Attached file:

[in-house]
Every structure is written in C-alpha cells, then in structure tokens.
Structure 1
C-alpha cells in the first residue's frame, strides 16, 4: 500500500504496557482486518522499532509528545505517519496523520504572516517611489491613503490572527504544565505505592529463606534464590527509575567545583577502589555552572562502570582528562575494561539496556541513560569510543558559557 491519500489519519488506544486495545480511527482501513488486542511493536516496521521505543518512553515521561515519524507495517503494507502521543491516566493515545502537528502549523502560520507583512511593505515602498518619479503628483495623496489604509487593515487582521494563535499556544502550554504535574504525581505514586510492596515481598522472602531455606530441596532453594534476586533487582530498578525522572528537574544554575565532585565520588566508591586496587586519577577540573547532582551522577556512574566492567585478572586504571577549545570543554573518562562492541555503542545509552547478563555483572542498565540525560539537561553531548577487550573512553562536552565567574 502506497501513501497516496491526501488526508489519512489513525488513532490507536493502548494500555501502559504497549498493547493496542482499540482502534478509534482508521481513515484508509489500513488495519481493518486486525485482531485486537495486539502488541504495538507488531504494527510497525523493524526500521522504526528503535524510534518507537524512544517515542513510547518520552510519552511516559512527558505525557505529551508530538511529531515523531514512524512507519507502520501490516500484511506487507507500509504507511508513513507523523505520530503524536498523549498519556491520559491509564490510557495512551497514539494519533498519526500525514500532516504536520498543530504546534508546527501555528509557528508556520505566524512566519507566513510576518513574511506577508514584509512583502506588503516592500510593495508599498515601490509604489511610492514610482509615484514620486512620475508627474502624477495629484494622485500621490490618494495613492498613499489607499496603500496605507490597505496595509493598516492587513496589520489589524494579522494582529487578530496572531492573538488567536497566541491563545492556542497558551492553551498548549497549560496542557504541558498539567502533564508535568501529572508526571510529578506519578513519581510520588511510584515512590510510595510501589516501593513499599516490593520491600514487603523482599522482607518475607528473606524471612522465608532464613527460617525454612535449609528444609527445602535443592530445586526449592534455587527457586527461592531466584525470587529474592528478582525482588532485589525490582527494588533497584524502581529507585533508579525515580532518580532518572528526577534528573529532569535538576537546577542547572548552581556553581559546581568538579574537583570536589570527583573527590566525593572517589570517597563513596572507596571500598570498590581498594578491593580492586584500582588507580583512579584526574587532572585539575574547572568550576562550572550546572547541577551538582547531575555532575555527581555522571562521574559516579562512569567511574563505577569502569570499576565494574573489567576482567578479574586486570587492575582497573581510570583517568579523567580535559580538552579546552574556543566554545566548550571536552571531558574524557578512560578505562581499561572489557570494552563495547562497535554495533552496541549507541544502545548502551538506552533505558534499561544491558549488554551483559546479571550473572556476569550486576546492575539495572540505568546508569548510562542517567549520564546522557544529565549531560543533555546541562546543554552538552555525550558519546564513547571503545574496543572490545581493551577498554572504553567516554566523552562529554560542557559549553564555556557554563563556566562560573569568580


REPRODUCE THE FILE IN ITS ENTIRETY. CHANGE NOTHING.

[in-house]
Every structure is written in C-alpha cells, then in structure tokens.
Structure 1
C-alpha cells in the first residue's frame, strides 16, 4: 500500500504496557482486518522499532509528545505517519496523520504572516517611489491613503490572527504544565505505592529463606534464590527509575567545583577502589555552572562502570582528562575494561539496556541513560569510543558559557 491519500489519519488506544486495545480511527482501513488486542511493536516496521521505543518512553515521561515519524507495517503494507502521543491516566493515545502537528502549523502560520507583512511593505515602498518619479503628483495623496489604509487593515487582521494563535499556544502550554504535574504525581505514586510492596515481598522472602531455606530441596532453594534476586533487582530498578525522572528537574544554575565532585565520588566508591586496587586519577577540573547532582551522577556512574566492567585478572586504571577549545570543554573518562562492541555503542545509552547478563555483572542498565540525560539537561553531548577487550573512553562536552565567574 502506497501513501497516496491526501488526508489519512489513525488513532490507536493502548494500555501502559504497549498493547493496542482499540482502534478509534482508521481513515484508509489500513488495519481493518486486525485482531485486537495486539502488541504495538507488531504494527510497525523493524526500521522504526528503535524510534518507537524512544517515542513510547518520552510519552511516559512527558505525557505529551508530538511529531515523531514512524512507519507502520501490516500484511506487507507500509504507511508513513507523523505520530503524536498523549498519556491520559491509564490510557495512551497514539494519533498519526500525514500532516504536520498543530504546534508546527501555528509557528508556520505566524512566519507566513510576518513574511506577508514584509512583502506588503516592500510593495508599498515601490509604489511610492514610482509615484514620486512620475508627474502624477495629484494622485500621490490618494495613492498613499489607499496603500496605507490597505496595509493598516492587513496589520489589524494579522494582529487578530496572531492573538488567536497566541491563545492556542497558551492553551498548549497549560496542557504541558498539567502533564508535568501529572508526571510529578506519578513519581510520588511510584515512590510510595510501589516501593513499599516490593520491600514487603523482599522482607518475607528473606524471612522465608532464613527460617525454612535449609528444609527445602535443592530445586526449592534455587527457586527461592531466584525470587529474592528478582525482588532485589525490582527494588533497584524502581529507585533508579525515580532518580532518572528526577534528573529532569535538576537546577542547572548552581556553581559546581568538579574537583570536589570527583573527590566525593572517589570517597563513596572507596571500598570498590581498594578491593580492586584500582588507580583512579584526574587532572585539575574547572568550576562550572550546572547541577551538582547531575555532575555527581555522571562521574559516579562512569567511574563505577569502569570499576565494574573489567576482567578479574586486570587492575582497573581510570583517568579523567580535559580538552579546552574556543566554545566548550571536552571531558574524557578512560578505562581499561572489557570494552563495547562497535554495533552496541549507541544502545548502551538506552533505558534499561544491558549488554551483559546479571550473572556476569550486576546492575539495572540505568546508569548510562542517567549520564546522557544529565549531560543533555546541562546543554552538552555525550558519546564513547571503545574496543572490545581493551577498554572504553567516554566523552562529554560542557559549553564555556557554563563556566562560573569568580